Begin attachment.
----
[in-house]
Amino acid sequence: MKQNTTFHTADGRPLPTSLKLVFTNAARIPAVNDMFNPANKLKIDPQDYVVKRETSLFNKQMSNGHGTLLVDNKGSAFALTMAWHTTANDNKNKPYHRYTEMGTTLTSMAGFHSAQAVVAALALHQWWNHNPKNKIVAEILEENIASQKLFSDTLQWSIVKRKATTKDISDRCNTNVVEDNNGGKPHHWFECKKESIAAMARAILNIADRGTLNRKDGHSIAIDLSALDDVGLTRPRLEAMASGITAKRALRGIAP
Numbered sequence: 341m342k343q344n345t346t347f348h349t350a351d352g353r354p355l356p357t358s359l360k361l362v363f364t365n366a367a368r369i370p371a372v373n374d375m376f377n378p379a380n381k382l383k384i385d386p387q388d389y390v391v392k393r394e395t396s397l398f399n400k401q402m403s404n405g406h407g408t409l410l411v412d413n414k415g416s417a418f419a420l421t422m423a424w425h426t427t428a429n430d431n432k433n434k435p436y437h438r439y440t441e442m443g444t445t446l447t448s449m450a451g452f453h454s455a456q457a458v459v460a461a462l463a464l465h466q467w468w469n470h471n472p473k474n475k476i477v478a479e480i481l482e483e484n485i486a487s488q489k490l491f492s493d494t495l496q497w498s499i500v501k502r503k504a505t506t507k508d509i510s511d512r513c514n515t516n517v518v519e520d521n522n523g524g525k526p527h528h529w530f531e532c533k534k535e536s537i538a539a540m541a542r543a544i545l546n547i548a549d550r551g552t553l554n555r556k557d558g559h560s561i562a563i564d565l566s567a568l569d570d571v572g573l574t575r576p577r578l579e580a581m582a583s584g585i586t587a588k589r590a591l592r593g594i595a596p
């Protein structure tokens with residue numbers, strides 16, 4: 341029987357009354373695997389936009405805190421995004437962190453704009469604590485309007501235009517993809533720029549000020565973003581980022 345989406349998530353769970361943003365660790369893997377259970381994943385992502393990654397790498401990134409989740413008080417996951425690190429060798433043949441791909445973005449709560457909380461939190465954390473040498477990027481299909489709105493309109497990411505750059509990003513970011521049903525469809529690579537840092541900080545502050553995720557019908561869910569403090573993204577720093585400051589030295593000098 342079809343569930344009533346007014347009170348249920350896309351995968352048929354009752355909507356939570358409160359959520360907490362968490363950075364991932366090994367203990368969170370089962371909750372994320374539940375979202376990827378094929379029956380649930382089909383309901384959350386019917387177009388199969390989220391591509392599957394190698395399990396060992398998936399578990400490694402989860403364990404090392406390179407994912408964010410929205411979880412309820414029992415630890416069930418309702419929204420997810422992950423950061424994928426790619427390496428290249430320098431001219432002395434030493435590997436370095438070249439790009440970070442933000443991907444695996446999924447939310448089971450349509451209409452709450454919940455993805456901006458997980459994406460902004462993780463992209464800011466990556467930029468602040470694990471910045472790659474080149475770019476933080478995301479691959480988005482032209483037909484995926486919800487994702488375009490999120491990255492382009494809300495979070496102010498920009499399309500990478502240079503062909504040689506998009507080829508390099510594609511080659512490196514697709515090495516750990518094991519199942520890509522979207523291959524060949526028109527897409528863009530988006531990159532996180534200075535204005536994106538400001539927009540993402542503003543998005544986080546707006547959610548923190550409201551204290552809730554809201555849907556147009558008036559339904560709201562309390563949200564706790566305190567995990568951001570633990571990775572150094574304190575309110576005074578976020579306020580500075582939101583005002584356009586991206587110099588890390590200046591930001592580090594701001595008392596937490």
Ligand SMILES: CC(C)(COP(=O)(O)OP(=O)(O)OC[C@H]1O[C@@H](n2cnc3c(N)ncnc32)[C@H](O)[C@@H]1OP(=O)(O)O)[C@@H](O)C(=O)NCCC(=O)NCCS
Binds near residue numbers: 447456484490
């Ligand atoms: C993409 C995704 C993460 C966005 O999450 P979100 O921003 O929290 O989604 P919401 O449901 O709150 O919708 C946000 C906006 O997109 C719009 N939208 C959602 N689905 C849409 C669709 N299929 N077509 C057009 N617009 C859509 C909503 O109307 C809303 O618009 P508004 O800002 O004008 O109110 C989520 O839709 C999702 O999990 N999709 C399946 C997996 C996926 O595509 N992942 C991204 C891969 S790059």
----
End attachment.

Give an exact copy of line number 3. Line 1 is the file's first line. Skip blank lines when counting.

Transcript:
Numbered sequence: 341m342k343q344n345t346t347f348h349t350a351d352g353r354p355l356p357t358s359l360k361l362v363f364t365n366a367a368r369i370p371a372v373n374d375m376f377n378p379a380n381k382l383k384i385d386p387q388d389y390v391v392k393r394e395t396s397l398f399n400k401q402m403s404n405g406h407g408t409l410l411v412d413n414k415g416s417a418f419a420l421t422m423a424w425h426t427t428a429n430d431n432k433n434k435p436y437h438r439y440t441e442m443g444t445t446l447t448s449m450a451g452f453h454s455a456q457a458v459v460a461a462l463a464l465h466q467w468w469n470h471n472p473k474n475k476i477v478a479e480i481l482e483e484n485i486a487s488q489k490l491f492s493d494t495l496q497w498s499i500v501k502r503k504a505t506t507k508d509i510s511d512r513c514n515t516n517v518v519e520d521n522n523g524g525k526p527h528h529w530f531e532c533k534k535e536s537i538a539a540m541a542r543a544i545l546n547i548a549d550r551g552t553l554n555r556k557d558g559h560s561i562a563i564d565l566s567a568l569d570d571v572g573l574t575r576p577r578l579e580a581m582a583s584g585i586t587a588k589r590a591l592r593g594i595a596p